Canadian Energy Sector has a lot to offer – Gabriela


“GPS”, (Global Petroleum Show), “is constantly changing to adapt to the current situations. We are providing a platform for international companies to meet and discover new technologies from the smaller companies still operating here in Canada. We are aware of the challenges coming our way but we trust that Canada’s energy sector has a lot to offer to other markets.” This was a key industry observer and insider responding to Energy Window International offshore editor by email on the unfolding events as Canada grapples with its already heightened oil and gas sector uncertainties.

In the recent time, Canada has witnessed mass movement of oil and gas operating companies out of the country’s oil and gas sector for an avalanche of reasons ranging from policy and legislation concerns to a variety of inter-provincial squabbles. There are other concerns of hard and difficult exploration terrains – especially around the popular Alberta oil sands often viewed by investors as a higher-cost jurisdiction that produces a lower quality of heavy crude, among others.

Canada has the world’s third largest crude oil reserves, after Venezuela and Saudi Arabia, representing 97% of Canada’s 172.5 billion barrels of crude oil reserves.  The provinces of Alberta, Saskatchewan and British Columbia share the sedimentary basin for natural gas production in Canada with Shale gas resources found in nearly all the Canadian provinces. Proven natural gas reserves were estimated to be 71 trillion cubic feet (tcf) (at year-end 2012), making the country, as sources showed, a prime location for investments in the oil and gas sector.

It is also, according to official and local news sources the eighth-largest oil-producing country with about 3,662,694 barrels per day in the world after the top oil producers like the United States and Russia. Others include Iraq, Iran, Saudi Arabia, Kuwait, UAE all of which are OPEC members, and of course the none-OPEC China. It is as well the 14th-most-productive country by GDP after Norway, Luxembourg, United States, Belgium, Netherlands, France, Germany, Ireland, Australia and Denmark.

Natural gas was estimated to be about 13.7 billion cubic feet (at year-end 2013), as statistics continue to show that the country produces more oil than it consumes thus making it a significant net exporter of crude oil, accounting for about 48% of total U.S. crude oil imports and 22% of U.S. refinery crude oil intake year end 2018. Oil sands which was estimated to have about $313 billion of capital investment to date, including $10.4 billion in 2018 according to official industry web sources also accounted for 64% of Canada’s oil production in 2018 or 4.5 million barrels per day.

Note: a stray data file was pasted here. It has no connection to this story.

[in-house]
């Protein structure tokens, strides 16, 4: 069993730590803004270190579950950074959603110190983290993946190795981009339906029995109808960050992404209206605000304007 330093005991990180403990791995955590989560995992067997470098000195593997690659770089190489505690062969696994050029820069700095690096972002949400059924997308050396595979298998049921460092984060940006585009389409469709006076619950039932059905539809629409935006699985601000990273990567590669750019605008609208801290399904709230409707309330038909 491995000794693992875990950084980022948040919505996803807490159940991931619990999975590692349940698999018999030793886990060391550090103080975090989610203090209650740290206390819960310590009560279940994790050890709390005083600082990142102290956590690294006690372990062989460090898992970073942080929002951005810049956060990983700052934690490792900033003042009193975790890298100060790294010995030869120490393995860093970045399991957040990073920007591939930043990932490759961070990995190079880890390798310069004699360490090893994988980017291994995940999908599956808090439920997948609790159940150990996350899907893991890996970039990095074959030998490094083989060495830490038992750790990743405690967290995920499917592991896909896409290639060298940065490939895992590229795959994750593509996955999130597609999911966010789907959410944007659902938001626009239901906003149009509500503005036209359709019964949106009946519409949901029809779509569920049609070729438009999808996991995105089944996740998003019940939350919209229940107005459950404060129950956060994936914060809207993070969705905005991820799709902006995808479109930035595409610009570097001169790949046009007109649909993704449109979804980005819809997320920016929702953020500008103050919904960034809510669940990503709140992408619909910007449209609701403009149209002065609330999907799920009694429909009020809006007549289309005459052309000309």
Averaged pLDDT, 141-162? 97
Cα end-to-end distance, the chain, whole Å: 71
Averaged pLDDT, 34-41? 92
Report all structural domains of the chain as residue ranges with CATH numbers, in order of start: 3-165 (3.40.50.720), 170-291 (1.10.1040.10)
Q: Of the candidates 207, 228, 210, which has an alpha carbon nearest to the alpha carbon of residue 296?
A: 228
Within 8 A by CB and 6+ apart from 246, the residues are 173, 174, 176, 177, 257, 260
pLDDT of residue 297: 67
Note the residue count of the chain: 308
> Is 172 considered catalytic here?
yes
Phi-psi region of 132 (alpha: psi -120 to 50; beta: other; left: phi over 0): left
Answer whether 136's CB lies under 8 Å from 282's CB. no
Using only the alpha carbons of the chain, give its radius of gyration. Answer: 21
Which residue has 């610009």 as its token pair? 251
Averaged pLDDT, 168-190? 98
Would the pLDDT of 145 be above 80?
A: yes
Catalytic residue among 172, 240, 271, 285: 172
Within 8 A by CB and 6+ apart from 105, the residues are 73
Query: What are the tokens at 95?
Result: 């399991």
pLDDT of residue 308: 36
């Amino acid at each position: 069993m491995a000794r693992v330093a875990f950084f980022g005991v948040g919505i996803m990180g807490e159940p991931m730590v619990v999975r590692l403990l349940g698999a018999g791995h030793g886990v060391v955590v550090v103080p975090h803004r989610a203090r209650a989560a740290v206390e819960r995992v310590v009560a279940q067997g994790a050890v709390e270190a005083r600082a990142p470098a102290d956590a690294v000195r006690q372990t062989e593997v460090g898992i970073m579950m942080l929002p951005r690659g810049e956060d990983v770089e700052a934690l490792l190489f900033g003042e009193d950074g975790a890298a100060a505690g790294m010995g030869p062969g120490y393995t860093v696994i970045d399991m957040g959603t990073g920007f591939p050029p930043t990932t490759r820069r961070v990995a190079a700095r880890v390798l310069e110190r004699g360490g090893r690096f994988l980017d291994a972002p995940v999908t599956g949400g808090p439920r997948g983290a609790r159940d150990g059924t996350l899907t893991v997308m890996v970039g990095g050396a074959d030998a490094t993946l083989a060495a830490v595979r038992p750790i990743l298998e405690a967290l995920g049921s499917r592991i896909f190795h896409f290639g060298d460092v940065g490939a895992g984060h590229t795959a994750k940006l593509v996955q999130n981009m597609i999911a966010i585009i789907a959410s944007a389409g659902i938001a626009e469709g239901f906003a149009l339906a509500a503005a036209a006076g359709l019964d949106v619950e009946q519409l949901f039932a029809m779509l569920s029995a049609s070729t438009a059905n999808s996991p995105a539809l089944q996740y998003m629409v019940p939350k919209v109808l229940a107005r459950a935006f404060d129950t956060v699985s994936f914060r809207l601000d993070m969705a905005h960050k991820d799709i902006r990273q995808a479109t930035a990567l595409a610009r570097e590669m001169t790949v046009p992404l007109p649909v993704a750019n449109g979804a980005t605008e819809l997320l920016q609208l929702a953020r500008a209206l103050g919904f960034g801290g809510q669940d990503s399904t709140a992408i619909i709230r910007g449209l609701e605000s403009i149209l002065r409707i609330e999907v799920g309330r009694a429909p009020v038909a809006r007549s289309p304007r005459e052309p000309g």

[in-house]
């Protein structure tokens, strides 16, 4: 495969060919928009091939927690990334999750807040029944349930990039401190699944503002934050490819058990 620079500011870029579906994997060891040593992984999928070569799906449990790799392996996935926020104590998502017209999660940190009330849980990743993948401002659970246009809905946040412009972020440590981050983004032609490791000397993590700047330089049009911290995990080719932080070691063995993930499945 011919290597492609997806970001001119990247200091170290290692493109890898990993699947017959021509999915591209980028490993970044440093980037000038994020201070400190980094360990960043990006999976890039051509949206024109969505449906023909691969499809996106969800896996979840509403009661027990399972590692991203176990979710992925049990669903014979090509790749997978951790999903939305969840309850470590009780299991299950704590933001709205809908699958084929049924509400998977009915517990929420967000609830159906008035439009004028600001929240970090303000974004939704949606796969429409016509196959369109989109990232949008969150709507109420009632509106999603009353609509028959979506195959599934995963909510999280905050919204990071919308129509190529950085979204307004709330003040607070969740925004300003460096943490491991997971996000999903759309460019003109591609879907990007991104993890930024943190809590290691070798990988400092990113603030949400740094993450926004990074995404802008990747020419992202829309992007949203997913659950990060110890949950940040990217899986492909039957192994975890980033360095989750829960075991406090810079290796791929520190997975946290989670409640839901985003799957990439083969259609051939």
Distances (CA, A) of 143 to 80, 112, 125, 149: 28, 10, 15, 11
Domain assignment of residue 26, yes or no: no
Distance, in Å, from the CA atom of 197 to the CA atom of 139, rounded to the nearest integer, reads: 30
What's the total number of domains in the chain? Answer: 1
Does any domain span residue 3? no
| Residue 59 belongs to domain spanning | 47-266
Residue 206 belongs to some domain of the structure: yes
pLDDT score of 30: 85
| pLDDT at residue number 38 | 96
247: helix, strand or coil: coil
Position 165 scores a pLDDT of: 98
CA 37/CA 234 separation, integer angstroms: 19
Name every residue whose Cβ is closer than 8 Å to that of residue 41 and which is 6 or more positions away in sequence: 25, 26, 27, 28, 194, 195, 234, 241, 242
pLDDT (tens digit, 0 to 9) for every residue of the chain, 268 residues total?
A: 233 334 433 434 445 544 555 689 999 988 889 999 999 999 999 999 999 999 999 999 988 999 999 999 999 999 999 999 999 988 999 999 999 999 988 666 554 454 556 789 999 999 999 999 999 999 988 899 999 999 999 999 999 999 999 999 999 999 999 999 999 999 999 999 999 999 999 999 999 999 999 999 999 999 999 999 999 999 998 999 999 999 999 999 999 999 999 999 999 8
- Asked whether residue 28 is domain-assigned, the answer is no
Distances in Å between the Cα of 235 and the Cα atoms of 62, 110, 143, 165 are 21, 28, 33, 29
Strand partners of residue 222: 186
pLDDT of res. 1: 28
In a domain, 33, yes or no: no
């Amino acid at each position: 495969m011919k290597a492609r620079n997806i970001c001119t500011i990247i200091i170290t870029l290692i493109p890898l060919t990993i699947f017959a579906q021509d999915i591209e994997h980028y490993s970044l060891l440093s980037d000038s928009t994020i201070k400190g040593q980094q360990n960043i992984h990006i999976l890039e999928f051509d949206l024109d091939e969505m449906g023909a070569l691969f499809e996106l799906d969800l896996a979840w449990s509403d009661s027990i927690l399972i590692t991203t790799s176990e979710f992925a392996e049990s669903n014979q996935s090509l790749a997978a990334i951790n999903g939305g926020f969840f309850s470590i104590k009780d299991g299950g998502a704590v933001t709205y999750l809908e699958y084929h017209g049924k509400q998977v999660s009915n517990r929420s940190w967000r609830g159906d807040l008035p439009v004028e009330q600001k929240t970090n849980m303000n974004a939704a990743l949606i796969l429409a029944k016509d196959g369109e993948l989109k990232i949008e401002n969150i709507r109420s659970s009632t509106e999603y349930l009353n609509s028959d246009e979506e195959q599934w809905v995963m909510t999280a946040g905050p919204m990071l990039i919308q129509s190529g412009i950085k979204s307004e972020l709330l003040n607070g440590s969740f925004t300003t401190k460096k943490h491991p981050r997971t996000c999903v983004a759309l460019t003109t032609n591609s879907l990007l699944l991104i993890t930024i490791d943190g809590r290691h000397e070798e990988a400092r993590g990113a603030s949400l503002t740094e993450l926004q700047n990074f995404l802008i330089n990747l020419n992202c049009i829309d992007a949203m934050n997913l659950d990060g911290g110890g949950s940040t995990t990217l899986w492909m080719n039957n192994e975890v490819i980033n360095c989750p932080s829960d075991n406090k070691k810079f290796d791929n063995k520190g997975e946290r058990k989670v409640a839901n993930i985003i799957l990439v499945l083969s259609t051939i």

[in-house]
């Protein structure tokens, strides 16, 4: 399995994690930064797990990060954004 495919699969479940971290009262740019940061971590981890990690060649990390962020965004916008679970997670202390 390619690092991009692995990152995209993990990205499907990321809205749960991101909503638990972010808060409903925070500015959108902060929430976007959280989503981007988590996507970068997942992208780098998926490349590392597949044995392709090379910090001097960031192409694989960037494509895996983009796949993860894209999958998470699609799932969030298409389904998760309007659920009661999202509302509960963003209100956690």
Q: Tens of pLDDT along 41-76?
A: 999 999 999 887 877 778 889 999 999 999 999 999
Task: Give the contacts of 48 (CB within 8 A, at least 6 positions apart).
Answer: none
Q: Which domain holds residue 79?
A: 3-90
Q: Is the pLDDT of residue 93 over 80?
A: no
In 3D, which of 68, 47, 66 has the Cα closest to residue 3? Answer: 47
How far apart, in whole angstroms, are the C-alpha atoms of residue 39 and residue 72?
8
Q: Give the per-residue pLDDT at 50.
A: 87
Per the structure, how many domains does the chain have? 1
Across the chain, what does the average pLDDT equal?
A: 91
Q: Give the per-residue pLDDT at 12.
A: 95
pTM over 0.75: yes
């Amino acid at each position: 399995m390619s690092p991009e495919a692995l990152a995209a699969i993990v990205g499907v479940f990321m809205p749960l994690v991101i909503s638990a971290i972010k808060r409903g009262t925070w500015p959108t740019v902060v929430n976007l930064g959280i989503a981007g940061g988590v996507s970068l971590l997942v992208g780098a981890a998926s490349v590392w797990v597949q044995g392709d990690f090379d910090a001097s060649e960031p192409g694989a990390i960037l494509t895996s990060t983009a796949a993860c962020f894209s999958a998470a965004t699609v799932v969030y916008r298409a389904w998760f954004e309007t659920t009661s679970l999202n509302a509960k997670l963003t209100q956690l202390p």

The industry in the overall accounts for about a fifth of the country’s exports hence regarded as the key driving forces in the Canadian economy, employing upwards of 500,000 countrywide, news sources further revealed. The country also has a total land mass of about 10,000,000km2 with the boreal forest which measures 2,700,000km2, according to local web sources.

For industry observers, it did not come as a surprise that major oil and gas companies, many of whom have been in operation in Canada for decades, were fleeing the country, selling off their assets to find succor somewhere else. Like a local report put it, “the drumbeat of exits, rare for such a stable oil-producing country, adds an extra layer of gloom for an industry that accounts for about a fifth of Canada’s exports” is truly a situation so worrisome to be embellished for the purpose of scoring some cheap political points by protagonists aiming for power and control.

The energy sector-centered on Alberta’s oil sands, has struggled to rebound since the 2014 crash in global oil prices, with capital spending declining for five straight years and job cuts pushing the province’s unemployment rate above 6%. Alberta is forecast to post the slowest growth of any region in Canada this year. These were all gathered from local but authoritative news sources.

“The situation isn’t likely to improve any time soon, with key pipelines like TC Energy Corp.’s Keystone XL and Enbridge Inc.’s expansion of its Line 3 conduit bogged down by legal challenges. The lack of pipelines has weighed on Canadian heavy crude prices for years, sending them to a record low late in 2018”, says a report.